Active Ingredients: Evolving cinematography; Sleazy fun; Thriller setpieces
Side Effects: Rachel McAdams; Dips into camp; Script
[Passion will play at the New York Film Festival on September 29th, October 6th and October 11th.]
Passion has been billed as a return to form for director Brian De Palma. After the dark neo-noir of The Black Dahlia, and Redacted, an Iraq war film using a variety of video formats, Passion is psycho-sexual thriller akin to the 1970s films that made his name as a Hitchcockian craftsman. The film does seem to fit the bill of a genre comeback for De Palma, complete with lusty psychological gamesmanship, a twisting narrative and self aware formalism, but while De Palma devotees may delight in stylistic references to the director’s classic thrillers, it seems to me that the irony—bordering on comedy and camp—of more recent films like Snake Eyes and Femme Fatale is key to understanding this slick, wacky offering.
The film is about the ebbing power dynamics between two high-powered European ad executives: the uptight, deferential Isabelle (Noomi Rapace) and her cutthroat, dangerously sexualized boss Christine (Rachel McAdams). What begins as corporate intrigue quickly turns into a dance of violent seduction between the two women, spilling over into their relationships with Christine’s boy-toy and Isabelle’s doting secretary. In both its front-loaded pace and cool, high-key aesthetic, Passion reminds me of the great, somehow quintessentially European thrillers of Polanski or Chabrol. The script, based on the 2010 French thriller Love Crimes, depends on early interactions among its four central players, almost mathematically charting the trajectories they take as a result of this betrayal or that unwanted sexual advance.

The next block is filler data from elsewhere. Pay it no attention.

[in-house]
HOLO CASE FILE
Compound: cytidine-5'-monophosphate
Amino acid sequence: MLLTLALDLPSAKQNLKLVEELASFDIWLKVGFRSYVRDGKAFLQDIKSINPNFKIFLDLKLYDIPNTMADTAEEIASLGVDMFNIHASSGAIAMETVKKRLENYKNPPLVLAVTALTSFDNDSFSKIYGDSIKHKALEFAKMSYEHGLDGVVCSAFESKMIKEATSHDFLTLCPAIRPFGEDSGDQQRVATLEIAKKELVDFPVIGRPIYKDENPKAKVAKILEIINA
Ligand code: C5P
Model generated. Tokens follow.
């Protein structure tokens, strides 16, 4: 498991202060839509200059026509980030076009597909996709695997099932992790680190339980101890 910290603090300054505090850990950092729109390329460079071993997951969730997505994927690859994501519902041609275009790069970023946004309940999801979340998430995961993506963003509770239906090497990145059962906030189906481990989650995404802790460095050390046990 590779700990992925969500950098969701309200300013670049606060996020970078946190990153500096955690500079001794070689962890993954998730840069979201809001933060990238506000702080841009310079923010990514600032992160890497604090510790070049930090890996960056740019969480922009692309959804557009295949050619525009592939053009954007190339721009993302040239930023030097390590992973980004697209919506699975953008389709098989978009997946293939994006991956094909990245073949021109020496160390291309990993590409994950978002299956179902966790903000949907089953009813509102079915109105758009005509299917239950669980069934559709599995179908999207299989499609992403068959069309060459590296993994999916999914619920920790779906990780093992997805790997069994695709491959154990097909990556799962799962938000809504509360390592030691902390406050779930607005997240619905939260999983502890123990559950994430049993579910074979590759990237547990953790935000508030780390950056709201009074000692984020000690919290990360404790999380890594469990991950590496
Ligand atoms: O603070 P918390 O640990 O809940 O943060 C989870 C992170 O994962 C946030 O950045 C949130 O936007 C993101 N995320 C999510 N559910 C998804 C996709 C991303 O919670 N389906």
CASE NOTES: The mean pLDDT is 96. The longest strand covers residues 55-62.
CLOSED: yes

Before I go too far praising Passion for its percolating tensions, I should say that it’s a film I somehow fell backwards into appreciating. De Palma here is operating in a gleefully bizarre, mischievous pitch that made me simultaneously roll my eyes and want to keep watching. Between the decadent, operatic score by Pino Donaggio and McAdams’ hammy performance, De Palma consistently makes strange, (mockingly?) melodramatic directorial choices. By the time McAdams slides into a bubble bath with candles and some steamy sax music I couldn’t figure out if the audience’s laughter was intended or not. It doesn’t matter, though; Passion is certainly fun.
Even if the film’s tone is a train wreck for you, and it very well might be, there’s plenty to appreciate stylistically. The cinematography by frequent Pedro Almodóvar collaborator José Luis Alcaine is refreshingly bright and basic in the film’s first half, slowly slipping into dramatic shadows and Dutch angles as Rapace becomes unhinged. The film also features a breathtaking use of De Palma’s signature split-screen, juxtaposing a staged ballet performance with murderous machinations. It’s impeccably choreographed and perfectly timed, an expression of the pure cinematic joy of mounting suspense. It’s so good that it only left me more mystified by the film’s campy pitch. Perhaps De Palma doesn’t want any of his material—silly or serious—to get in the way of the fun of filmmaking.